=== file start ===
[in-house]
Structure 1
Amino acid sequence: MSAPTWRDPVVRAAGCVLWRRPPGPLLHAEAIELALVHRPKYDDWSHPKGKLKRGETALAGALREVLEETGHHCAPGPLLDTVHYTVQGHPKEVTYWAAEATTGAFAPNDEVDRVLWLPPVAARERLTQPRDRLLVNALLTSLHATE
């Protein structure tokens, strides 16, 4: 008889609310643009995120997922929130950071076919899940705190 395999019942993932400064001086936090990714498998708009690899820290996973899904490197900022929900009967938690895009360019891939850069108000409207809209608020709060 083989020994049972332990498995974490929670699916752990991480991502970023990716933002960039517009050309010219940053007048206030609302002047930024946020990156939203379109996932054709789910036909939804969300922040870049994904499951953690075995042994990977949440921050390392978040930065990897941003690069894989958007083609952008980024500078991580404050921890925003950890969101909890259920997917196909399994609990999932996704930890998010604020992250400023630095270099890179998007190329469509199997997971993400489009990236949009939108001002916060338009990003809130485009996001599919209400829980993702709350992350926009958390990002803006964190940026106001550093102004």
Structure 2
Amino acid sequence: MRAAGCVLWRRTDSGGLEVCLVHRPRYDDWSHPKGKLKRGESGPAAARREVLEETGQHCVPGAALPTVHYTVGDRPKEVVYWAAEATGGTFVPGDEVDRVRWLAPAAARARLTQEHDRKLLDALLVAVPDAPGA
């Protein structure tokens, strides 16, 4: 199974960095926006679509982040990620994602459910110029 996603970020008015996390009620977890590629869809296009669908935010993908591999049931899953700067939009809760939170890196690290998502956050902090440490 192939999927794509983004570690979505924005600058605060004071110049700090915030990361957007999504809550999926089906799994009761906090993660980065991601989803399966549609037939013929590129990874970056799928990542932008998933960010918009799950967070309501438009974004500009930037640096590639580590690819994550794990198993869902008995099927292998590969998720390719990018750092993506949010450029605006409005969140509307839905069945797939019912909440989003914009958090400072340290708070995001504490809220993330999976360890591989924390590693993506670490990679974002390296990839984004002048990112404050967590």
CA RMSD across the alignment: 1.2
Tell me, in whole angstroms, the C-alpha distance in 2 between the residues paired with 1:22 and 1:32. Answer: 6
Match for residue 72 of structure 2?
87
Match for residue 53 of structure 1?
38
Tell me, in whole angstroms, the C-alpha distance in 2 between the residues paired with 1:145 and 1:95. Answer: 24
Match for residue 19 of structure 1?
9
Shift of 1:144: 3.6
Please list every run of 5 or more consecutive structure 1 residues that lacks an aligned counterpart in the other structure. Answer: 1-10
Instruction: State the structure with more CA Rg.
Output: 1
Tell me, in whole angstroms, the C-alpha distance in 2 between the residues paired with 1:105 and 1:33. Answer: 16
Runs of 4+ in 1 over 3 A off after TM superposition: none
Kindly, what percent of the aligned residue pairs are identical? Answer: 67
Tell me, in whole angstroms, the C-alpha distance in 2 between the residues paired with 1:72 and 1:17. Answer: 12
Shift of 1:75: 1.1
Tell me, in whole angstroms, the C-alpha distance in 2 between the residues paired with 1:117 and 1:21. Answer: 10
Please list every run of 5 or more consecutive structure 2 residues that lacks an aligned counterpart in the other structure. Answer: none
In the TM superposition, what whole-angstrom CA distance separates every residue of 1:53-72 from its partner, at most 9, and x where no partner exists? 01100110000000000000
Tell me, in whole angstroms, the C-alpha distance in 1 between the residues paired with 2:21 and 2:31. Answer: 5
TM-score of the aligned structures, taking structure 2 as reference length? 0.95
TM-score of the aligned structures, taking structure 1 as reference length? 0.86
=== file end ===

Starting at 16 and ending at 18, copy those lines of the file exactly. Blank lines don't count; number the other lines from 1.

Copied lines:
9
Shift of 1:144: 3.6
Please list every run of 5 or more consecutive structure 1 residues that lacks an aligned counterpart in the other structure. Answer: 1-10